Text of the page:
The reports, available here, reveal the true impact of COVID-19 on the MedTech, biotechnology and pharmaceutical sector, an impact felt not only by local SMEs and large multinational companies, but also across the research sector, industry associations and startups.
“The impacts of COVID-19 will be felt across the MedTech industry for many years to come,” said Ian Burgess, MTAA CEO, today.
“Despite the challenges posed by COVID-19, we have seen MedTech companies come together in an unprecedented effort to support the Government’s response,” Mr Burgess said.
Through an historical collaboration with the Morrison Government, the MedTech industry successfully secured supplies of essential medical equipment, not only through the global supply chain but through a number of innovative local partnerships that were able to ramp up Australian manufacturing in a remarkably short period of time.
“The MedTech industry has been instrumental in securing essential supplies of ventilators, test kits and PPE on behalf of the Australian Government,” Mr Burgess said.
In addition to sourcing supplies of equipment through the supply chain, in what is being compared to a wartime effort, a consortium of companies was brought together to build a locally produced ventilator, in an unprecedented collaboration involving government, clinicians and manufacturers, many of whom would ordinarily be competitors.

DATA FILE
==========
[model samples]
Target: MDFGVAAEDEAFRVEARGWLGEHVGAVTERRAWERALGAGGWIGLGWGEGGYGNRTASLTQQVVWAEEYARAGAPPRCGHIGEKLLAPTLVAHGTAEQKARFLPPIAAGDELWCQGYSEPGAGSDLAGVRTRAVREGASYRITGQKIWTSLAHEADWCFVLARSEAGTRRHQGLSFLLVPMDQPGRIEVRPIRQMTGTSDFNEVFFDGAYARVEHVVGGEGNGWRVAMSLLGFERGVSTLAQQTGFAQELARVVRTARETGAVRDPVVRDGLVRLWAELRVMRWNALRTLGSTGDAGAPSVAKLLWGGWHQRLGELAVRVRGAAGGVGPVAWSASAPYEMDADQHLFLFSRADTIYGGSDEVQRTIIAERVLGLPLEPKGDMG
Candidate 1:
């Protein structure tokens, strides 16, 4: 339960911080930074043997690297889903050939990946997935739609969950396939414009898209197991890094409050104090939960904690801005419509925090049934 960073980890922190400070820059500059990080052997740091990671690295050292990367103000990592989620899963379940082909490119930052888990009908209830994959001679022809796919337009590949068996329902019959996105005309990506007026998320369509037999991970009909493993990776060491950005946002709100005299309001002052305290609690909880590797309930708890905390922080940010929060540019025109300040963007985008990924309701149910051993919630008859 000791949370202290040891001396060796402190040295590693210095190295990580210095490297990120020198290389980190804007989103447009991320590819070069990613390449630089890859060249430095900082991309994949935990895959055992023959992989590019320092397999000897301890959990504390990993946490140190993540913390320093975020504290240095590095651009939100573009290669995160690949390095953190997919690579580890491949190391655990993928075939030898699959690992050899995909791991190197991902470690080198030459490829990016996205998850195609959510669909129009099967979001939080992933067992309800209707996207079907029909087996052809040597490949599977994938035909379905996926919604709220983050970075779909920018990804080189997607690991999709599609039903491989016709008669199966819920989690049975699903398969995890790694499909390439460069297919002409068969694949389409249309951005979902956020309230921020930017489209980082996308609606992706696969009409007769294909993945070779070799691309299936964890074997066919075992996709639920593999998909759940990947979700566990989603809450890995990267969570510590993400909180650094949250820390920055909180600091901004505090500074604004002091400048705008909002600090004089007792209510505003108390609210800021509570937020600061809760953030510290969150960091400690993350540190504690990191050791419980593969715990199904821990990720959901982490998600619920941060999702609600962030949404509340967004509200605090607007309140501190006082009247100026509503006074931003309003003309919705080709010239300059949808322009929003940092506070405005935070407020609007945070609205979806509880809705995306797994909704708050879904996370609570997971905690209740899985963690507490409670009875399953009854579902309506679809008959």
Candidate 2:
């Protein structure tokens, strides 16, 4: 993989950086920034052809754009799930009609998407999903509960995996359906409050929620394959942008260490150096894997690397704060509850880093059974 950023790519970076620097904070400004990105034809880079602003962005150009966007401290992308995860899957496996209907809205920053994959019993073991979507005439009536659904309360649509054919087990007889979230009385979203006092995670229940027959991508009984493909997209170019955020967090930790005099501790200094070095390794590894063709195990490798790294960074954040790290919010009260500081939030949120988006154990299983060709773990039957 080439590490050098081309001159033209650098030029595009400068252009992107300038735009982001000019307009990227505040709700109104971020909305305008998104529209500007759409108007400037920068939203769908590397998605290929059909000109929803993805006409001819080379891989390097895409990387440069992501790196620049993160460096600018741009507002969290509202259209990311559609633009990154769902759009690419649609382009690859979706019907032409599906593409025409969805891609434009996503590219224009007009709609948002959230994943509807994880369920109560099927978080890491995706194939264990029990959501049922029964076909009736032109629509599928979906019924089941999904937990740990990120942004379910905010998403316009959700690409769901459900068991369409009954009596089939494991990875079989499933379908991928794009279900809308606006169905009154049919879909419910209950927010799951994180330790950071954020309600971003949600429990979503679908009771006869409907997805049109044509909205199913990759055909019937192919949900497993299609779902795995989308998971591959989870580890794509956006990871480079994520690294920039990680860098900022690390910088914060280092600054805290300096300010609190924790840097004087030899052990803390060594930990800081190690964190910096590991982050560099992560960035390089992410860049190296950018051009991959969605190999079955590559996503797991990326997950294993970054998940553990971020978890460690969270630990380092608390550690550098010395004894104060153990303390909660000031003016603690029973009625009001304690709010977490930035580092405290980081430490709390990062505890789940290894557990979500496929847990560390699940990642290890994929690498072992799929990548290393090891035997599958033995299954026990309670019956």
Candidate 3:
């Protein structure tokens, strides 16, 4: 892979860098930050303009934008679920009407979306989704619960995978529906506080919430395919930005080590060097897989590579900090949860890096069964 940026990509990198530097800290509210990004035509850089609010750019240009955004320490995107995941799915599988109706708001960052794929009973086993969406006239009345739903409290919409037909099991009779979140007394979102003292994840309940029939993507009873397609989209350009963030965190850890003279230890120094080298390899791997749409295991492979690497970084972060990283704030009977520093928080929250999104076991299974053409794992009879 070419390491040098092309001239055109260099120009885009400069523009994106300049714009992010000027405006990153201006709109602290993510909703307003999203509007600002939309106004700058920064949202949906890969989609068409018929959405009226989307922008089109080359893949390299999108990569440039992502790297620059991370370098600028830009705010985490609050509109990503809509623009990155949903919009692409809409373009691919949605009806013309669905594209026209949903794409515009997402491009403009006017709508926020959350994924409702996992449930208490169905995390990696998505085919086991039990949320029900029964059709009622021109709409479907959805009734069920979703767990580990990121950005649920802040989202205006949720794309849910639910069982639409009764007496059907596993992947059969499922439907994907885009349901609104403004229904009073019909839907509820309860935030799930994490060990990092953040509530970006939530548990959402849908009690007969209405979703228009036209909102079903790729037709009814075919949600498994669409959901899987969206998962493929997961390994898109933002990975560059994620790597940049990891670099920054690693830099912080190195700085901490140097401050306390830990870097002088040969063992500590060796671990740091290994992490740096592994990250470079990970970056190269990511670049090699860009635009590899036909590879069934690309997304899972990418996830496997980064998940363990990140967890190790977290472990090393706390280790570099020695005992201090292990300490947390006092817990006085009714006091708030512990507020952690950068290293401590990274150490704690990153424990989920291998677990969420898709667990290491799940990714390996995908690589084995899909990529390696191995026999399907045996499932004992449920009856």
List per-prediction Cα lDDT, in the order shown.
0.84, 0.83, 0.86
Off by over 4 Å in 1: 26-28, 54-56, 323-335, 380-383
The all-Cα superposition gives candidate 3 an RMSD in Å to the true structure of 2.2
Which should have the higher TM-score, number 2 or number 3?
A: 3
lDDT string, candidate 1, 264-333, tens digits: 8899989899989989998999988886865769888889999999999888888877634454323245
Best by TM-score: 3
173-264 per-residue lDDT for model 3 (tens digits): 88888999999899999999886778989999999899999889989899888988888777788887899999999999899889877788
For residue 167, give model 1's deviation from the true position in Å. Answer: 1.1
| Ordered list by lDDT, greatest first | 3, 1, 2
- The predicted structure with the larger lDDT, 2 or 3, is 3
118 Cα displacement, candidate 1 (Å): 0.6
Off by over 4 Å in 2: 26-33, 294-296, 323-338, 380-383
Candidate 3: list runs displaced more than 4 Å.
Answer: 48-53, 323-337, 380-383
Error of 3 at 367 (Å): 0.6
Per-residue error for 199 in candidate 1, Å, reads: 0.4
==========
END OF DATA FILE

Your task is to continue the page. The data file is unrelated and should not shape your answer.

“The efforts undertaken so far represent a significant change in our contemporary understanding of our domestic manufacturing capacity and demonstrate an untapped potential for more homegrown medtech, a potential we may never have realised without the unprecedented threat of a global pandemic,” Mr Burgess said.
“The tangible outcomes of what is coming to be known as the ‘Australia Model’ of government and industry collaboration have demonstrated the role that the MedTech can play in pandemic planning and what can be achieved when government and industry come together in a genuinely cooperative effort.”
“As an industry, we look forward to what we can continue to achieve together in order to strengthen not only Australia’s preparedness for future pandemics, but our healthcare system as a whole,” Mr Burgess concluded.